Unlike the founders of Mazdakism, the Ḵorramis do not seem to have subscribed to revolutionary ideas regarding women and property, but they certainly had practices offensive to the Muslims. Reconstructing these practices is mostly impossible. Some reports seem to relate women being lent out one way or the other, to guests, priests, or other men, in displays of generosity or with a view to obtaining a blessing or good offspring; others may refer to fraternal polyandry, documented for Ṭoḵārestān and other parts of Afghanistan (and well beyond, into India and Tibet), in Chinese sources, in Biruni (Hend, p. 52; tr., I, p. 108), and now also in Bactrian documents of the fourth and the eighth centuries CE (Sims-Williams, nos. A, X, Y). Fraternal polyandry is a system whereby brothers inherit the property of their parents without dividing it up, cultivate it in common, and share a wife, whose sons will jointly take over the family property in their turn. The system allows the property to pass intact from one generation to the next and is attested above all in mountainous areas where the land is poor. It is in some sense quite true that women and property are shared in polyandrous societies, but not in the sense that they are free for all to use as they please. An Indian high court judge who reported on fraternal polyandry in north India in the 1950s called it “a sort of family communism in wives … a joint family both in property and wives” (Peter, p. 83). It would seem to have been this family communism which Zarādošt of Fasā and Mazdak elevated into a utopian vision: all members of the Sasanian kingdom had to behave as if they were brothers. Explaining how communist ideas could have developed in Iran has long been a problem, and it has generated some far-fetched theories of influence from the Greek-speaking world (cf. Crone, 1991, p. 28), but they are hardly necessary.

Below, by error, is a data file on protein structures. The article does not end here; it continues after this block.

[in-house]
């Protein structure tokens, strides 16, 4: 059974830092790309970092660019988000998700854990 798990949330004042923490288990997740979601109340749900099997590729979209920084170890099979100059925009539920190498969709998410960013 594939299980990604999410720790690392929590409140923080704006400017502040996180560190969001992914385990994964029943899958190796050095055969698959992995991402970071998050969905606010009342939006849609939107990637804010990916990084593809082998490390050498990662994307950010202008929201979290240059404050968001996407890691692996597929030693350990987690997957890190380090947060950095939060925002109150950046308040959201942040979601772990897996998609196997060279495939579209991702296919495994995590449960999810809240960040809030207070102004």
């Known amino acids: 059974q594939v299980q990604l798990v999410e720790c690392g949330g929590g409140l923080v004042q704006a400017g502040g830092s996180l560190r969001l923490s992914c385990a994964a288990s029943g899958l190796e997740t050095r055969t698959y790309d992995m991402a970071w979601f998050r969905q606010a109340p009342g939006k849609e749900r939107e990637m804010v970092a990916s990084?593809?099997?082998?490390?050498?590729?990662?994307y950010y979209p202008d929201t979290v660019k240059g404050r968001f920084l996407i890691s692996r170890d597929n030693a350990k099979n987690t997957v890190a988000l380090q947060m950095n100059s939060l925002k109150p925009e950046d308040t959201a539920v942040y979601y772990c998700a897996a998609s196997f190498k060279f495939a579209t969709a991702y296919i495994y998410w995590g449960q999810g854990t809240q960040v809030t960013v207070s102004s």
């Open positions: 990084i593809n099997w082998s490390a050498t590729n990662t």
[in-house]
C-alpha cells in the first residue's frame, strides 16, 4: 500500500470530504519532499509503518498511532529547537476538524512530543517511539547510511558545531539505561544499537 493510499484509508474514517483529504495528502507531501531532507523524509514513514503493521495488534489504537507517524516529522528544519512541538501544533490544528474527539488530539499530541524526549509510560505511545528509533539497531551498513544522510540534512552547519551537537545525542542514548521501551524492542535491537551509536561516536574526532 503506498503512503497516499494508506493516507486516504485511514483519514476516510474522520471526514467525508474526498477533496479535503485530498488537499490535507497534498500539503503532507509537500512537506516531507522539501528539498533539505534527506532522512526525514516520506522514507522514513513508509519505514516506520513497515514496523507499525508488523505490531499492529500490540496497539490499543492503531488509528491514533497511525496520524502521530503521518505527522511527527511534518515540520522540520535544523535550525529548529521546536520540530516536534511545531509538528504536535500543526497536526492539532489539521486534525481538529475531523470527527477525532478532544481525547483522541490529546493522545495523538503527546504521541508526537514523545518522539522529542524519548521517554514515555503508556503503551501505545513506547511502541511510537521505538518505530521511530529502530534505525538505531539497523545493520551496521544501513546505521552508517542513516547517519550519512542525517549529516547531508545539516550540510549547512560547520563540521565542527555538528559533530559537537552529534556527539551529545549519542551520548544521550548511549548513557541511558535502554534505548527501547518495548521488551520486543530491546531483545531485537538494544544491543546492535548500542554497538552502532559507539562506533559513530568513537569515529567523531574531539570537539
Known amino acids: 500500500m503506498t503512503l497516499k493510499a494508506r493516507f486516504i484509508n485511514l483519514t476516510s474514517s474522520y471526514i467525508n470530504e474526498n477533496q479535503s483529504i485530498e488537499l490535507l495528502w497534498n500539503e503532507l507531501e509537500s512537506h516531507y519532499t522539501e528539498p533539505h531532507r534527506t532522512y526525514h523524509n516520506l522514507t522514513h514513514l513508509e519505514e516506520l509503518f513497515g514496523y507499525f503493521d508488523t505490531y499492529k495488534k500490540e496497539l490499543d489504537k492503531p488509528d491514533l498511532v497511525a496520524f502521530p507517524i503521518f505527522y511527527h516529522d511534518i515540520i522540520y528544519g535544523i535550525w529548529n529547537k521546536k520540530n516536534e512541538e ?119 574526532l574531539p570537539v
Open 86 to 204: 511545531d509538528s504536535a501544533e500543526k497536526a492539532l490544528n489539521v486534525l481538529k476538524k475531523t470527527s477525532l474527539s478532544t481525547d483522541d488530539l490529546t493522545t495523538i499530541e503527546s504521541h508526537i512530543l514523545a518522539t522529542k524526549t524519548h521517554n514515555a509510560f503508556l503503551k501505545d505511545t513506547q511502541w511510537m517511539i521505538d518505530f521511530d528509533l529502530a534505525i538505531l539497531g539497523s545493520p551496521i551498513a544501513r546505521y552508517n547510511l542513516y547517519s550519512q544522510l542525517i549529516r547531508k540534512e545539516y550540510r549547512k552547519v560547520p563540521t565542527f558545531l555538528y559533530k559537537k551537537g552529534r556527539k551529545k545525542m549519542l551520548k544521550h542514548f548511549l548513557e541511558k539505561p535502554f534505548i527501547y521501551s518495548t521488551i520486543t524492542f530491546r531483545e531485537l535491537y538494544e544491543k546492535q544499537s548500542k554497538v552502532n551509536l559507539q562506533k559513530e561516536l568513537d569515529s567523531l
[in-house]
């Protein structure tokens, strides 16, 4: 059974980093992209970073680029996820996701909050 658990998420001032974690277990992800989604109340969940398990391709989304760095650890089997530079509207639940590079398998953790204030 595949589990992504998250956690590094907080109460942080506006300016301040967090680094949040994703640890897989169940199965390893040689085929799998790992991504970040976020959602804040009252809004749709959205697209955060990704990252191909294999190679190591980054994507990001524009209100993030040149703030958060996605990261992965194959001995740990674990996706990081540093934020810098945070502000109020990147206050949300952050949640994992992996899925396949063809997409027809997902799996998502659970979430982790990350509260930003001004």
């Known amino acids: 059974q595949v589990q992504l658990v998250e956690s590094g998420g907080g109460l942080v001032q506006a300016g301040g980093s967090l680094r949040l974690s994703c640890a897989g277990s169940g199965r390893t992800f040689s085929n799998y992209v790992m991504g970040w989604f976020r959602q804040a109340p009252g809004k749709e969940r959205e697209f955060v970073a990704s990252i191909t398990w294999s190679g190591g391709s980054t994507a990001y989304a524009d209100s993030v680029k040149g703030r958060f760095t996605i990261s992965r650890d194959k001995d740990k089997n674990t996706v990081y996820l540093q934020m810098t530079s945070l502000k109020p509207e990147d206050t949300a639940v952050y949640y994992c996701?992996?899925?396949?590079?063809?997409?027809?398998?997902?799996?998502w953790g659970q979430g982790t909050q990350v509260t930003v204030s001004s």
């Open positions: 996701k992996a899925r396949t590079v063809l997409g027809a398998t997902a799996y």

The idea of the same divine being appearing in different incarnations is attested in the Bahrām Yašt (Yt. 14; cf. Yt. 8.13, 16, 20; see BAHRĀM [Vərəθraγna]), but something close to the Ḵorrami conception is first attested in the Book of Elchasai, composed around 116 CE in “Parthia,” that is, Mesopotamia under Parthian rule, by a Jewish Baptist and perhaps a follower of Christianity. The book itself is lost, but the idea that the same divine being appears time and again, putting on different bodies, was shared by the Baptist followers of Elchasai in lower Iraq, the Elchasaite Baptists in Rome, where the book had been brought by a Greek-speaking Syrian, and by diverse Baptist readers of the book in Palestine, including the Ebionites and Nazoreans, from whom it went into the Pseudo-Clementines (Luttikhuizen, modified by Merkelbach and Cirillo). In Palestine, the doctrine was understood conservatively: only Adam and Christ, the first and the last, were genuine incarnations; in between, the divine being only appeared to the patriarchs (cf. Gieschen, pp. 208 f.). But the Elchasaite baptists, from whom Mani broke away, seem to have been understood all of them as incarnations, and Mani himself certainly did. To him, the Buddha, Zoroaster, and Jesus were divine beings who had come “without a body” to take up abode in human beings; he himself had become “one spirit in one body” with the Paraclete, and all apostles were incarnations of the pre-existing “Apostle of Light,” who “puts on the saints as his garments.” All were really a single spirit (Cirillo, pp. 50-52; Lieu, pp. 236, 242, 246; Gardner and Lieu, p. 75; Gardner, p. 132).